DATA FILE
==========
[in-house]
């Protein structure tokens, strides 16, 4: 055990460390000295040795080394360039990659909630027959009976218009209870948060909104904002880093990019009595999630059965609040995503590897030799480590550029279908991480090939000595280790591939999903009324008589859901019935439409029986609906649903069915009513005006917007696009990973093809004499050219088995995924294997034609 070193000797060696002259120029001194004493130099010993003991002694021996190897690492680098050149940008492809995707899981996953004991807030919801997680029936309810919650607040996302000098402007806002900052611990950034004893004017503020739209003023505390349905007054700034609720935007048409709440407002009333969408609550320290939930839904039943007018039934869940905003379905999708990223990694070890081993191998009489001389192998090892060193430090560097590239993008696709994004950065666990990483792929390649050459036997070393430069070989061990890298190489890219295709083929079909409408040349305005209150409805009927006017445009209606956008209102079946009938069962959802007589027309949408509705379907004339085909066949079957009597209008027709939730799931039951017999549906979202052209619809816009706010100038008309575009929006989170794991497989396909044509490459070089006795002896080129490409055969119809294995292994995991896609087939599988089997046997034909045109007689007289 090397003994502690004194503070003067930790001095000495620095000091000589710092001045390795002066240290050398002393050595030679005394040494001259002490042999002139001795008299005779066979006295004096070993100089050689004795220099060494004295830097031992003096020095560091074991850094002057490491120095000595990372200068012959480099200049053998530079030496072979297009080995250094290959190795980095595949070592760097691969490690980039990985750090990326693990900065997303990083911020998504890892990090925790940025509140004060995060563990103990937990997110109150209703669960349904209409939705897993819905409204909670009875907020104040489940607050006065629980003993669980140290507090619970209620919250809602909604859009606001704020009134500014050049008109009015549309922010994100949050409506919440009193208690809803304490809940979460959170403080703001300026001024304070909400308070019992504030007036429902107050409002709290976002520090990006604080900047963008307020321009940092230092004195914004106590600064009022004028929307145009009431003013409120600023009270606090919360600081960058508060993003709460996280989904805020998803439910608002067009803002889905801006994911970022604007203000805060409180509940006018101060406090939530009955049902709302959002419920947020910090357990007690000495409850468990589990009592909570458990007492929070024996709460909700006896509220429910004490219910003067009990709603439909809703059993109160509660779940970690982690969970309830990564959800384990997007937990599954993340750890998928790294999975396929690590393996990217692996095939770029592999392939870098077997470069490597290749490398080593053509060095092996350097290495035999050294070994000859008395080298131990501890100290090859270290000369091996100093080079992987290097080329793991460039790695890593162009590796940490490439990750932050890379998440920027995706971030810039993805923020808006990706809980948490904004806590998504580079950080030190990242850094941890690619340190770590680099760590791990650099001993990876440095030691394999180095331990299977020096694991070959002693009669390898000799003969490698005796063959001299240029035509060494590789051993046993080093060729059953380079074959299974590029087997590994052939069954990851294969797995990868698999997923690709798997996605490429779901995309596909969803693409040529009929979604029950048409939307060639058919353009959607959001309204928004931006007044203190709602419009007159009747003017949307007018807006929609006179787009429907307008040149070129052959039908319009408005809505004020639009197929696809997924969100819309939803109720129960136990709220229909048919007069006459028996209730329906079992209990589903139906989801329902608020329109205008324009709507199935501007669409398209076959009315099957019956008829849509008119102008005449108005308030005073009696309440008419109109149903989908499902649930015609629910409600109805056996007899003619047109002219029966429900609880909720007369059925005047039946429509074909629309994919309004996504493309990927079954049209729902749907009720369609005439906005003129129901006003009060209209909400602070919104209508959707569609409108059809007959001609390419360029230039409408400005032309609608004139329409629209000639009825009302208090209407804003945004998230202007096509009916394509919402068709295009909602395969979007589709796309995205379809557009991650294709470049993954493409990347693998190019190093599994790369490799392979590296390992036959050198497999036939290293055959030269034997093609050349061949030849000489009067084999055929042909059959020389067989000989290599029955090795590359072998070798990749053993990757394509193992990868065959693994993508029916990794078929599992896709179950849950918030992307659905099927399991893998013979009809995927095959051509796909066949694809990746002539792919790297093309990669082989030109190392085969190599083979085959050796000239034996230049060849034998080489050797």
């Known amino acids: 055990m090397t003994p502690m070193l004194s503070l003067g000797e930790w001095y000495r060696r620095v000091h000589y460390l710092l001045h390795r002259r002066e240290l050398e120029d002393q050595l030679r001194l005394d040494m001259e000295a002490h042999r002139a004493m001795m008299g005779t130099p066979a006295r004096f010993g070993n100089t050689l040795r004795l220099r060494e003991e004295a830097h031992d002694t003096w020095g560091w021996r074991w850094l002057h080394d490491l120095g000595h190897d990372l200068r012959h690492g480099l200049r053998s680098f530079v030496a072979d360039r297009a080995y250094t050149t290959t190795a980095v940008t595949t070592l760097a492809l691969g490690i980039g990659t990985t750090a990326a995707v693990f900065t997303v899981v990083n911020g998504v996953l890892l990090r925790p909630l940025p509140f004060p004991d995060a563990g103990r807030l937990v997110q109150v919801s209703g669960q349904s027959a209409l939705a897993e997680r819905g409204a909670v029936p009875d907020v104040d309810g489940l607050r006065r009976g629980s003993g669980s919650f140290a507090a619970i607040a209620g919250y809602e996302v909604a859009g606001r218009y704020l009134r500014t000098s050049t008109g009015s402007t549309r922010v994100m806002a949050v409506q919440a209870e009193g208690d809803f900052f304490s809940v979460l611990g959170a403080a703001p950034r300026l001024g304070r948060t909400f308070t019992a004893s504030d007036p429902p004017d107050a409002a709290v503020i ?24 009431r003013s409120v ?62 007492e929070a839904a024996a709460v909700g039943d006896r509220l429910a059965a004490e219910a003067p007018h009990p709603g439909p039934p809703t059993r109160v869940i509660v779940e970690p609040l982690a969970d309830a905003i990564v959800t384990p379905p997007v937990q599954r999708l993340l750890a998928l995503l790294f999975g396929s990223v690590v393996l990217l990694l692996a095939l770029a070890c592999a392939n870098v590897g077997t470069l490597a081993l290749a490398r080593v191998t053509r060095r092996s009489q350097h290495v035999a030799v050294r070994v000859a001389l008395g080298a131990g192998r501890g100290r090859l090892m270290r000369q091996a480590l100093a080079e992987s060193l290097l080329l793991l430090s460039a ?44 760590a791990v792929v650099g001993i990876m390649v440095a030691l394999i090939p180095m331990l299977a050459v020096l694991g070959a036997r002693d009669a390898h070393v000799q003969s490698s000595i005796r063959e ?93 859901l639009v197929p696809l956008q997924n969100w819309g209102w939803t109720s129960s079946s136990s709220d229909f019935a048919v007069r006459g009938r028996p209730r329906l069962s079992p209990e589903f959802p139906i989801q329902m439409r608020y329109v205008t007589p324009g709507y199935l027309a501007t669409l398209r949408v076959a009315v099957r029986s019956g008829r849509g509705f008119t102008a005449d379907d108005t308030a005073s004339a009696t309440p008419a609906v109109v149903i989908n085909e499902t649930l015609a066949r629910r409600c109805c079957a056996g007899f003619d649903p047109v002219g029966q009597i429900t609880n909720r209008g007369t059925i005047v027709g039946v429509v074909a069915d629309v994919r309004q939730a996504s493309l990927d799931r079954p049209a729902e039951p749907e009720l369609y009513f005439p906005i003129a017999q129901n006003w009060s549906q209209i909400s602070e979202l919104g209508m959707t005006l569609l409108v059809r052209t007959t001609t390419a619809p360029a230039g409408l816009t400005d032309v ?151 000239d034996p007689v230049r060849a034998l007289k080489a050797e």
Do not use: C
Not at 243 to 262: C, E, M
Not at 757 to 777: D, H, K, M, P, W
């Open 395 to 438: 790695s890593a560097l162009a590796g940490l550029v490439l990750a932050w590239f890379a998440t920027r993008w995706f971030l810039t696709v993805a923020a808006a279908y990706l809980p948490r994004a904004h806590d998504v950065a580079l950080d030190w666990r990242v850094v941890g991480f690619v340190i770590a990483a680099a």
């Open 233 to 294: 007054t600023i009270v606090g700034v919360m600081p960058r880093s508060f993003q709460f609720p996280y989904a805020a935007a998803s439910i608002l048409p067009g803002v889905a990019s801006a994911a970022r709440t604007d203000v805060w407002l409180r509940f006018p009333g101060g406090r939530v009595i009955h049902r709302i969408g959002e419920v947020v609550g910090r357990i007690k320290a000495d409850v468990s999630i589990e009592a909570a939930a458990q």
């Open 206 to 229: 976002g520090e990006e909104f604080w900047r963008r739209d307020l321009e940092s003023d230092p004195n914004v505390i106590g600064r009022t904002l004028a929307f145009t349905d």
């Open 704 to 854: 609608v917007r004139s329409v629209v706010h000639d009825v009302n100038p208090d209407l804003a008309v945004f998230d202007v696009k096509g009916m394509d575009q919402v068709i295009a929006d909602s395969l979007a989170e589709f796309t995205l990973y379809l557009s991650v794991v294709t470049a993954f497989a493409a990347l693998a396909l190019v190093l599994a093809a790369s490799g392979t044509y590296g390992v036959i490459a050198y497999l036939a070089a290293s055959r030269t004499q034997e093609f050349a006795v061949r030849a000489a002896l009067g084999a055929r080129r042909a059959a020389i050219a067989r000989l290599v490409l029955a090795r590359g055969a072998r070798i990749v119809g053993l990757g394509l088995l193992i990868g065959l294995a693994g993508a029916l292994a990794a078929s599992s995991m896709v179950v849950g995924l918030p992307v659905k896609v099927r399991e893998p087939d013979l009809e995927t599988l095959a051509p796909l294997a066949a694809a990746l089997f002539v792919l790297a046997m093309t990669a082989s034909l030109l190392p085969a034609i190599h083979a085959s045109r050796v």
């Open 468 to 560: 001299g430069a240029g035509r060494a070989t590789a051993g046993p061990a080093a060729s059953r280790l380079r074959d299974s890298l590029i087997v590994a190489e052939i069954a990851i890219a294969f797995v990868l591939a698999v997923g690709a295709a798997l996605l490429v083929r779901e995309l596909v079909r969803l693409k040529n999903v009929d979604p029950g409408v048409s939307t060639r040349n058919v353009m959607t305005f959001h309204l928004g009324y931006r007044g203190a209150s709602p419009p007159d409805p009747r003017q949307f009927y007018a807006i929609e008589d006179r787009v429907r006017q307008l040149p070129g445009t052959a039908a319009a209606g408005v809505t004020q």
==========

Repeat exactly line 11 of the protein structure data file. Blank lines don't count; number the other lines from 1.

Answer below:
């Open 468 to 560: 001299g430069a240029g035509r060494a070989t590789a051993g046993p061990a080093a060729s059953r280790l380079r074959d299974s890298l590029i087997v590994a190489e052939i069954a990851i890219a294969f797995v990868l591939a698999v997923g690709a295709a798997l996605l490429v083929r779901e995309l596909v079909r969803l693409k040529n999903v009929d979604p029950g409408v048409s939307t060639r040349n058919v353009m959607t305005f959001h309204l928004g009324y931006r007044g203190a209150s709602p419009p007159d409805p009747r003017q949307f009927y007018a807006i929609e008589d006179r787009v429907r006017q307008l040149p070129g445009t052959a039908a319009a209606g408005v809505t004020q």